In October of 2007, when the Dow Jones Industrial Average soared above new highs, housing was headed in the opposite direction. An historic boom in home sales, spurred by often questionable and more often reckless mortgage lending, was imploding from within. Home building, which had soared well above any possible demand, was crashing.
Existing home sales, which peaked in 2005 at just over seven million, had fallen to an annual rate of 4.43 million by the fall of 2007. Today sales are surging back, but just barely, with January's numbers coming in at a seasonally adjusted annual rate of 4.92 million, according to the National Association of Realtors. The difference today is that supplies of homes for sale are running extremely low. In 2007, supplies were higher and were about to surge due to the coming foreclosure crisis.
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Today's low supplies are pushing prices higher quickly. Home prices surged over 6.8 percent annually in December of 2012 on the S&P/Case Shiller home price indices, but they are still 30 percent off their peak of July of 2006. In the fall of 2007, they were dropping like a brick.
That, of course, led to the fall of everything else.
As for home building, which had surged to a peak of just over two million housing starts earlier in the decade, by October 2007 builders were starting about half that at 1.2 million. Today, while coming back, starts are still at about 890,000 annualized. Builders are seeing more demand, and new orders for the big public builders are back at least 30 percent from where they were a year ago, but demand is far from what it once was.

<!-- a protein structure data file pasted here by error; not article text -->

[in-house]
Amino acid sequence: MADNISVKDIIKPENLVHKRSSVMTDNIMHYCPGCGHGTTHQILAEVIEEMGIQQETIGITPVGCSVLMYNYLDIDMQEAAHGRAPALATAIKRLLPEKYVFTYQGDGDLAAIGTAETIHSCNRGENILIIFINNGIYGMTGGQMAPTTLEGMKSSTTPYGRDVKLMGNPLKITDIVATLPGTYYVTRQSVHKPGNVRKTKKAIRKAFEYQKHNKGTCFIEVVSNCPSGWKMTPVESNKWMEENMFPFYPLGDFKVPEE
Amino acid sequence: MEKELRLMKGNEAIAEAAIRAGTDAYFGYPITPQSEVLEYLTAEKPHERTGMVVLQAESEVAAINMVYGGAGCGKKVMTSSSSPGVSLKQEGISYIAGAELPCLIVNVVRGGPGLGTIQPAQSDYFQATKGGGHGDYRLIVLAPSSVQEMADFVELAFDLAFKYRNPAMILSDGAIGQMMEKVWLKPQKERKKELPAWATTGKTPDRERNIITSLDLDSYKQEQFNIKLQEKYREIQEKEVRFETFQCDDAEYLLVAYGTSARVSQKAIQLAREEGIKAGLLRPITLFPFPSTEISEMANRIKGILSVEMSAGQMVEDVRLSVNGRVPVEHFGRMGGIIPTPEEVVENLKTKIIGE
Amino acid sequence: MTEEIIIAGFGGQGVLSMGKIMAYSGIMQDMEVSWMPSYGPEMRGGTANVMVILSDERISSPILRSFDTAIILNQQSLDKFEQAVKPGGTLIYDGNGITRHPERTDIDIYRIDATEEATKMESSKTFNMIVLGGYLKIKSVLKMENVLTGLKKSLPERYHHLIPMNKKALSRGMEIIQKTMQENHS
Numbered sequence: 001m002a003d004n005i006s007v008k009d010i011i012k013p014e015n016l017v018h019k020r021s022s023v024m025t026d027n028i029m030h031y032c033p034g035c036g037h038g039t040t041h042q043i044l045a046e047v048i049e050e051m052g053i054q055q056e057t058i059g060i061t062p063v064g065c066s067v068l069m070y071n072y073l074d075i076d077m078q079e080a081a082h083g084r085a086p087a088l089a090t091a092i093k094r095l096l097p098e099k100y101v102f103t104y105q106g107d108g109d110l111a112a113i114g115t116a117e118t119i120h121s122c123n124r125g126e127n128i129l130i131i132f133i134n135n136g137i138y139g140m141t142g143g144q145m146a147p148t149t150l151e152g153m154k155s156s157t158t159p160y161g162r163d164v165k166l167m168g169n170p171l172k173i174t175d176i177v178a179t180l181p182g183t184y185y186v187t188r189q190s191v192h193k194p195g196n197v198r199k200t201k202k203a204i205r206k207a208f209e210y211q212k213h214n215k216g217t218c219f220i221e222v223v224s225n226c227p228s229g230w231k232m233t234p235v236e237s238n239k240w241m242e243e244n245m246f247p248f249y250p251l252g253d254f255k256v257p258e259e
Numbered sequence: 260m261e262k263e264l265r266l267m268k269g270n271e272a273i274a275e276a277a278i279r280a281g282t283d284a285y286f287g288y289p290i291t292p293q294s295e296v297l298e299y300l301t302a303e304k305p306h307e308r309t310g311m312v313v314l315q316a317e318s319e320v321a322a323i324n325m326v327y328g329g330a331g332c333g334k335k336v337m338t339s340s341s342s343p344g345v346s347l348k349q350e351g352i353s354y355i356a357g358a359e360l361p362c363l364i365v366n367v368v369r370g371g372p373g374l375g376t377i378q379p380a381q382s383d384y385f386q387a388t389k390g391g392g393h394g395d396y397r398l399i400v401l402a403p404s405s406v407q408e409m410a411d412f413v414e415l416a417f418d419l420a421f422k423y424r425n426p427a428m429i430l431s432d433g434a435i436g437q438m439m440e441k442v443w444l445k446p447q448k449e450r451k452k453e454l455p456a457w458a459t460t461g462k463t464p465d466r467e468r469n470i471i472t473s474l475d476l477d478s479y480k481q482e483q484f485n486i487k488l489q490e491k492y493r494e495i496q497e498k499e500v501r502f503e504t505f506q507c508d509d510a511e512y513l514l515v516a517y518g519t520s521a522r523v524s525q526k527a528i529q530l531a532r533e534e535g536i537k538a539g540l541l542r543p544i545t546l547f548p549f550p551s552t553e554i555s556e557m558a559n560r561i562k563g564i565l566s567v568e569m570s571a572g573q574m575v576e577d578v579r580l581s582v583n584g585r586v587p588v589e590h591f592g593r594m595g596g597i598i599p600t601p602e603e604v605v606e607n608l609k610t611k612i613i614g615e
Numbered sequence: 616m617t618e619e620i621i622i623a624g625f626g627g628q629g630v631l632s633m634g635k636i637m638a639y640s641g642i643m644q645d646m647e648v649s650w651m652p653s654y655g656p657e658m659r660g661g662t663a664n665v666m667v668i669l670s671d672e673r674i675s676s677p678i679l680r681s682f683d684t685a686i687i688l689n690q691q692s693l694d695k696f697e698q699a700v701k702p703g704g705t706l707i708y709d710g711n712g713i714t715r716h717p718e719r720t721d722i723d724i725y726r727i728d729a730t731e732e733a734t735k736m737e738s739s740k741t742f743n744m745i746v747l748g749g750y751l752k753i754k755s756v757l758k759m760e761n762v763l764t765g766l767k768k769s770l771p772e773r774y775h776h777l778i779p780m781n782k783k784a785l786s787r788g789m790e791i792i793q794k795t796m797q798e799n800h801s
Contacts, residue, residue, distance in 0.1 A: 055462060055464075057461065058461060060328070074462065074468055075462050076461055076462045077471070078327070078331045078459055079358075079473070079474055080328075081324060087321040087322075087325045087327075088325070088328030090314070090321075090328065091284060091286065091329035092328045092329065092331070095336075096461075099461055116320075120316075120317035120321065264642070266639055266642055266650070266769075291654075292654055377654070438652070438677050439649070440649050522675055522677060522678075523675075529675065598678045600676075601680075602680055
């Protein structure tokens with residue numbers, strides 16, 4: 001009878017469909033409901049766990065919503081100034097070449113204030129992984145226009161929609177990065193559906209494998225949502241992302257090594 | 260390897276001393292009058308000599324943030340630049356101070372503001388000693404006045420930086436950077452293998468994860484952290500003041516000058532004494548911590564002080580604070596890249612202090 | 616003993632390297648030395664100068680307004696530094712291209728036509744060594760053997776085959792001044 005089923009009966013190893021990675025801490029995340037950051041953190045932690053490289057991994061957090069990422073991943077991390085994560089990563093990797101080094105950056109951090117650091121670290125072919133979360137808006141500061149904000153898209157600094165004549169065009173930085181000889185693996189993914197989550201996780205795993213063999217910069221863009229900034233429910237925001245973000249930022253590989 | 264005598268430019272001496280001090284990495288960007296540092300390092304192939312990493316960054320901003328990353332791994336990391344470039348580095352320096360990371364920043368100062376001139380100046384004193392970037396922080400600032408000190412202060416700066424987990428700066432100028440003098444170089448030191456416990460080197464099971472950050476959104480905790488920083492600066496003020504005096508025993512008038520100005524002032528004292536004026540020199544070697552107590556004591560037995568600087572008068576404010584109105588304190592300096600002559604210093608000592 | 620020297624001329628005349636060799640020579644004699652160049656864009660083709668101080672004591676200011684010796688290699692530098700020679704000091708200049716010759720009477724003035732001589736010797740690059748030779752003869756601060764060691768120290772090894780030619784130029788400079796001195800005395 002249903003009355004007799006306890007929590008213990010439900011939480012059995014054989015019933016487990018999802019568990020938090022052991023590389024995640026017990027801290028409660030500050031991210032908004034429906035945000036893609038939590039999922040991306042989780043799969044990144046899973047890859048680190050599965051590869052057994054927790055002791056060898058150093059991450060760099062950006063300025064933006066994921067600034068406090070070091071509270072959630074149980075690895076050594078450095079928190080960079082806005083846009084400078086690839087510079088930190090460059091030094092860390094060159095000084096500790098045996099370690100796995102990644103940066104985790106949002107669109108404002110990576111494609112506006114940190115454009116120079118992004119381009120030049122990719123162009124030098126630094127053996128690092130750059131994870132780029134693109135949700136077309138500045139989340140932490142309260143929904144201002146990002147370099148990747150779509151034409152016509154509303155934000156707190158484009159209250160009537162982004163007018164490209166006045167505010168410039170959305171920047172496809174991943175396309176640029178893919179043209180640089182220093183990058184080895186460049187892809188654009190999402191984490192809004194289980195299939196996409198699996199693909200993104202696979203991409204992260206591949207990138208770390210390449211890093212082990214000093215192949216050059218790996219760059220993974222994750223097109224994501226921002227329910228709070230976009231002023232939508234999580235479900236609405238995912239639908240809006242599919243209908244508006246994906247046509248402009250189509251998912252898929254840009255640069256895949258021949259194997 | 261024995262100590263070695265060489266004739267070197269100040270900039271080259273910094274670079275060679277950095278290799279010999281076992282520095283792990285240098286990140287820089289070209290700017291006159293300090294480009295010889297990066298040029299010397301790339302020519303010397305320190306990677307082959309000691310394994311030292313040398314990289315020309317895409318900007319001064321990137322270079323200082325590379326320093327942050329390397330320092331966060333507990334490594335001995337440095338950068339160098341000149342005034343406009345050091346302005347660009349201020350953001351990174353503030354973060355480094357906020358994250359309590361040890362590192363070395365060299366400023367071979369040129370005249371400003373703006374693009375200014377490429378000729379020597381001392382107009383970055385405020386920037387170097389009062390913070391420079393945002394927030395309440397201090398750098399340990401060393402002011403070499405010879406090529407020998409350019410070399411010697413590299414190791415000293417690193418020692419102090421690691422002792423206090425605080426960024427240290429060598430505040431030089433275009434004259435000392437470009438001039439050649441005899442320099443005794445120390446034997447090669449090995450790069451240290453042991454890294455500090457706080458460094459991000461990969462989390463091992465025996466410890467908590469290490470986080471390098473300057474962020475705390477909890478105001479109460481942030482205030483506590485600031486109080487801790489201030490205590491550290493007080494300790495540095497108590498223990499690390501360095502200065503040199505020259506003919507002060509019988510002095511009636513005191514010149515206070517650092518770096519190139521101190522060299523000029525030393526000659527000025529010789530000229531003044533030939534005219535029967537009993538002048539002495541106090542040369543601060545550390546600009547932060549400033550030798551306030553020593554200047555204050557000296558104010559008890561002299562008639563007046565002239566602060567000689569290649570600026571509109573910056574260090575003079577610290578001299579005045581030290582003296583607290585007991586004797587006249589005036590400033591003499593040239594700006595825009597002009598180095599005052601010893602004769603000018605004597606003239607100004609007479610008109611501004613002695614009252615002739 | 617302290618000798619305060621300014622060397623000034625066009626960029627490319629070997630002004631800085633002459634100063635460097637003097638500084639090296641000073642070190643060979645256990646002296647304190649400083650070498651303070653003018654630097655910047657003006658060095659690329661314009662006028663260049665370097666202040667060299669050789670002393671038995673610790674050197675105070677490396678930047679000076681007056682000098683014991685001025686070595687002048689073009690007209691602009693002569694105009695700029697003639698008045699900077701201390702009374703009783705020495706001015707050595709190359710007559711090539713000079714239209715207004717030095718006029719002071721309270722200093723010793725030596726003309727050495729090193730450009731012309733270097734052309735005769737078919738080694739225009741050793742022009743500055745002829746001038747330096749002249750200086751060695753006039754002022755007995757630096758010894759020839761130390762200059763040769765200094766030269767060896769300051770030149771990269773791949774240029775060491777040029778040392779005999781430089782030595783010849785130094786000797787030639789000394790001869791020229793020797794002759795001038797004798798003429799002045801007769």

Today, far more Americans are renting. In fact, all of the latest household formations, according to the U.S. Census, are in rental units. The home ownership rate, which reached a high of just over 69 percent in 2004, stood at 67.8 percent in the fall of 2007. Today it continues to fall, now down to 65.4 percent.
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Perhaps the biggest difference in today's housing market from 2007 is in mortgage rates and activity. In October of 2007, the average rate on the 30-year fixed mortgage was 6.38 percent. Today it is nearly half that at 3.67 percent. In turn, it is a tale of opposites. Refinance volume today is twice what it was in 2007, while mortgage applications to purchase a home are about half what they were.
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In October 2007, the housing market was in the direct path of a massive foreclosure storm. Today, it is still picking up the pieces, with 5.3 million homeowners either delinquent on their mortgages or in foreclosure, according to Lender Processing Services. The good news is that the numbers are coming down, but the clean-up is far from over.